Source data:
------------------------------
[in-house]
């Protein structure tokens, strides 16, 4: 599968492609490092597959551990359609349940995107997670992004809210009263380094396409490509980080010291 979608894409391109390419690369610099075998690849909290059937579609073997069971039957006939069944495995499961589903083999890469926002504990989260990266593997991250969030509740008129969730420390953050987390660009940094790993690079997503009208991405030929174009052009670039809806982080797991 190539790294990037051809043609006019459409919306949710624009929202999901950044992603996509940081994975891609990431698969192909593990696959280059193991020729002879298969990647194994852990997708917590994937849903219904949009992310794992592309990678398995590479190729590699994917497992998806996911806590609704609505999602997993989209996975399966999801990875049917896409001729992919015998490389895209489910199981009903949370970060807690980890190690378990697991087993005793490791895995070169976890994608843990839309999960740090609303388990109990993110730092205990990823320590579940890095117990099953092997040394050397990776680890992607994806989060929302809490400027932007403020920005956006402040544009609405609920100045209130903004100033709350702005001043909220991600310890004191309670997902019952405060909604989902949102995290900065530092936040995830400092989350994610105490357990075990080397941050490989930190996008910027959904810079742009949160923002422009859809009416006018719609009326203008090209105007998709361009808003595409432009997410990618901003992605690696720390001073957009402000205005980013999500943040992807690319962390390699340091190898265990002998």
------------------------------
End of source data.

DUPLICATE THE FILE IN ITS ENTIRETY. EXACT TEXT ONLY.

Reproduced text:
[in-house]
């Protein structure tokens, strides 16, 4: 599968492609490092597959551990359609349940995107997670992004809210009263380094396409490509980080010291 979608894409391109390419690369610099075998690849909290059937579609073997069971039957006939069944495995499961589903083999890469926002504990989260990266593997991250969030509740008129969730420390953050987390660009940094790993690079997503009208991405030929174009052009670039809806982080797991 190539790294990037051809043609006019459409919306949710624009929202999901950044992603996509940081994975891609990431698969192909593990696959280059193991020729002879298969990647194994852990997708917590994937849903219904949009992310794992592309990678398995590479190729590699994917497992998806996911806590609704609505999602997993989209996975399966999801990875049917896409001729992919015998490389895209489910199981009903949370970060807690980890190690378990697991087993005793490791895995070169976890994608843990839309999960740090609303388990109990993110730092205990990823320590579940890095117990099953092997040394050397990776680890992607994806989060929302809490400027932007403020920005956006402040544009609405609920100045209130903004100033709350702005001043909220991600310890004191309670997902019952405060909604989902949102995290900065530092936040995830400092989350994610105490357990075990080397941050490989930190996008910027959904810079742009949160923002422009859809009416006018719609009326203008090209105007998709361009808003595409432009997410990618901003992605690696720390001073957009402000205005980013999500943040992807690319962390390699340091190898265990002998």